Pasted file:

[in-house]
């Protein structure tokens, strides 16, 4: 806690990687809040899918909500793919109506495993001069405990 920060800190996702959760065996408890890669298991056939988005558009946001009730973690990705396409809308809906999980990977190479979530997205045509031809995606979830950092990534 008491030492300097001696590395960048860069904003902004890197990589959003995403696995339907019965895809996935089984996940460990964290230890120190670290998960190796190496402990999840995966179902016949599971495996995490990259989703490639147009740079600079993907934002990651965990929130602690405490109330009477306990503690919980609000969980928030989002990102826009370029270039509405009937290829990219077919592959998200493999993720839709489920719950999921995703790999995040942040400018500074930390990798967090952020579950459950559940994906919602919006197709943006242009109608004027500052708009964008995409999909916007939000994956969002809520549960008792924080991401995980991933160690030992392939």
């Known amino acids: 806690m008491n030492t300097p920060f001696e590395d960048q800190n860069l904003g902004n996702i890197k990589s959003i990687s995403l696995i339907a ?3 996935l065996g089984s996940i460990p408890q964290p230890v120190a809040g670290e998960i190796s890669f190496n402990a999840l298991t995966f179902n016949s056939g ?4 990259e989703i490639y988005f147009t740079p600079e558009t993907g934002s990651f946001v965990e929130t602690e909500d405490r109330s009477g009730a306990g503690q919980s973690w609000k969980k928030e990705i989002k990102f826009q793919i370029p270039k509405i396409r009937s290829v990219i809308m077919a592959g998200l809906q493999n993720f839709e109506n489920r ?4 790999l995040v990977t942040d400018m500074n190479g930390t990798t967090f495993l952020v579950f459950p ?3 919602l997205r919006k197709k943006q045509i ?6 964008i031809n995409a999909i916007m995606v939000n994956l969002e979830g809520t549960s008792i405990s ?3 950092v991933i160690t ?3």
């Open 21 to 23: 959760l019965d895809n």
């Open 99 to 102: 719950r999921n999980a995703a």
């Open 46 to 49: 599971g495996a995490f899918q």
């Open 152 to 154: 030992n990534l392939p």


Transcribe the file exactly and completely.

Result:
[in-house]
């Protein structure tokens, strides 16, 4: 806690990687809040899918909500793919109506495993001069405990 920060800190996702959760065996408890890669298991056939988005558009946001009730973690990705396409809308809906999980990977190479979530997205045509031809995606979830950092990534 008491030492300097001696590395960048860069904003902004890197990589959003995403696995339907019965895809996935089984996940460990964290230890120190670290998960190796190496402990999840995966179902016949599971495996995490990259989703490639147009740079600079993907934002990651965990929130602690405490109330009477306990503690919980609000969980928030989002990102826009370029270039509405009937290829990219077919592959998200493999993720839709489920719950999921995703790999995040942040400018500074930390990798967090952020579950459950559940994906919602919006197709943006242009109608004027500052708009964008995409999909916007939000994956969002809520549960008792924080991401995980991933160690030992392939």
């Known amino acids: 806690m008491n030492t300097p920060f001696e590395d960048q800190n860069l904003g902004n996702i890197k990589s959003i990687s995403l696995i339907a ?3 996935l065996g089984s996940i460990p408890q964290p230890v120190a809040g670290e998960i190796s890669f190496n402990a999840l298991t995966f179902n016949s056939g ?4 990259e989703i490639y988005f147009t740079p600079e558009t993907g934002s990651f946001v965990e929130t602690e909500d405490r109330s009477g009730a306990g503690q919980s973690w609000k969980k928030e990705i989002k990102f826009q793919i370029p270039k509405i396409r009937s290829v990219i809308m077919a592959g998200l809906q493999n993720f839709e109506n489920r ?4 790999l995040v990977t942040d400018m500074n190479g930390t990798t967090f495993l952020v579950f459950p ?3 919602l997205r919006k197709k943006q045509i ?6 964008i031809n995409a999909i916007m995606v939000n994956l969002e979830g809520t549960s008792i405990s ?3 950092v991933i160690t ?3």
């Open 21 to 23: 959760l019965d895809n």
């Open 99 to 102: 719950r999921n999980a995703a």
């Open 46 to 49: 599971g495996a995490f899918q």
């Open 152 to 154: 030992n990534l392939p």